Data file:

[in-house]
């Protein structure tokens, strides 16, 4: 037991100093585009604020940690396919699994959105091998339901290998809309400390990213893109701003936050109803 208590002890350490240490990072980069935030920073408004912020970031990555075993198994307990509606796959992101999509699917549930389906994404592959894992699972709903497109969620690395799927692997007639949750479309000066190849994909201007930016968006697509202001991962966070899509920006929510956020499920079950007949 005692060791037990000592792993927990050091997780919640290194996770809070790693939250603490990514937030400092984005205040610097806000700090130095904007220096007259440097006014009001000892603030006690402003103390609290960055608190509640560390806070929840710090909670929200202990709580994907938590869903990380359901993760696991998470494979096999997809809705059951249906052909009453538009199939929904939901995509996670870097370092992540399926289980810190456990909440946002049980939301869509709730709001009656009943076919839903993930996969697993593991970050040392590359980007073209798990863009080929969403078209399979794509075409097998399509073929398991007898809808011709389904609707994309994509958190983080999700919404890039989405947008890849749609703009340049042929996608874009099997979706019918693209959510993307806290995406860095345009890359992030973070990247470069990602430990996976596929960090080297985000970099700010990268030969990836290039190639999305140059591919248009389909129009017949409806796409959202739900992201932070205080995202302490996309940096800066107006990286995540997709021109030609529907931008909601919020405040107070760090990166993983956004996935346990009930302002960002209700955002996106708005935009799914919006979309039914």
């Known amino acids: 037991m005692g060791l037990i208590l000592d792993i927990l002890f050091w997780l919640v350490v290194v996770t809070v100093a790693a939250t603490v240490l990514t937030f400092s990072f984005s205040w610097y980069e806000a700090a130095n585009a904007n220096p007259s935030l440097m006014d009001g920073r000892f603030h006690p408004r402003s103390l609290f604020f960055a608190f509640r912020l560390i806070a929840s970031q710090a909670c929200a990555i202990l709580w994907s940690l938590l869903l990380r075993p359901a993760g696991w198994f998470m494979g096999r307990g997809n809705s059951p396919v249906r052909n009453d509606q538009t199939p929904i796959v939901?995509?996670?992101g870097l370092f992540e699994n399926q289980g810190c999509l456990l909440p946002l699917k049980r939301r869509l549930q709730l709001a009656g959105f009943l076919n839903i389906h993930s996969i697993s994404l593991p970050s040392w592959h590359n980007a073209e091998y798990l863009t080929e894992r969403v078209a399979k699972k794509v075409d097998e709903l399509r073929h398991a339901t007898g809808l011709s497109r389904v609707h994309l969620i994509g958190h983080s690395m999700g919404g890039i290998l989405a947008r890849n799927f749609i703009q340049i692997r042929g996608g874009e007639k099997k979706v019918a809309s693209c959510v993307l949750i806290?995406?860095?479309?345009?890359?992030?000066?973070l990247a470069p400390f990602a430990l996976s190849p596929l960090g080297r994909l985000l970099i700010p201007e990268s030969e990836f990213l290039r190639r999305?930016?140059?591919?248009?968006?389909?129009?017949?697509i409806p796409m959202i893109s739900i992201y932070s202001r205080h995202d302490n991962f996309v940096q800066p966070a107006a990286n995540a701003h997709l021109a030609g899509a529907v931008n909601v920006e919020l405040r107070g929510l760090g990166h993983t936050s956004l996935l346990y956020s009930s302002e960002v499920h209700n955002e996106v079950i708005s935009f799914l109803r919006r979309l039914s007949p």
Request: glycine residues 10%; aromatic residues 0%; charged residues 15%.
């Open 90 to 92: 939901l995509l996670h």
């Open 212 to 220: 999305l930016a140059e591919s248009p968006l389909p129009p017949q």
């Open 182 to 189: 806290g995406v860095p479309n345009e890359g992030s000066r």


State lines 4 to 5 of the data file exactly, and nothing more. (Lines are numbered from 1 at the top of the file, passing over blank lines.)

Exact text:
Request: glycine residues 10%; aromatic residues 0%; charged residues 15%.
């Open 90 to 92: 939901l995509l996670h």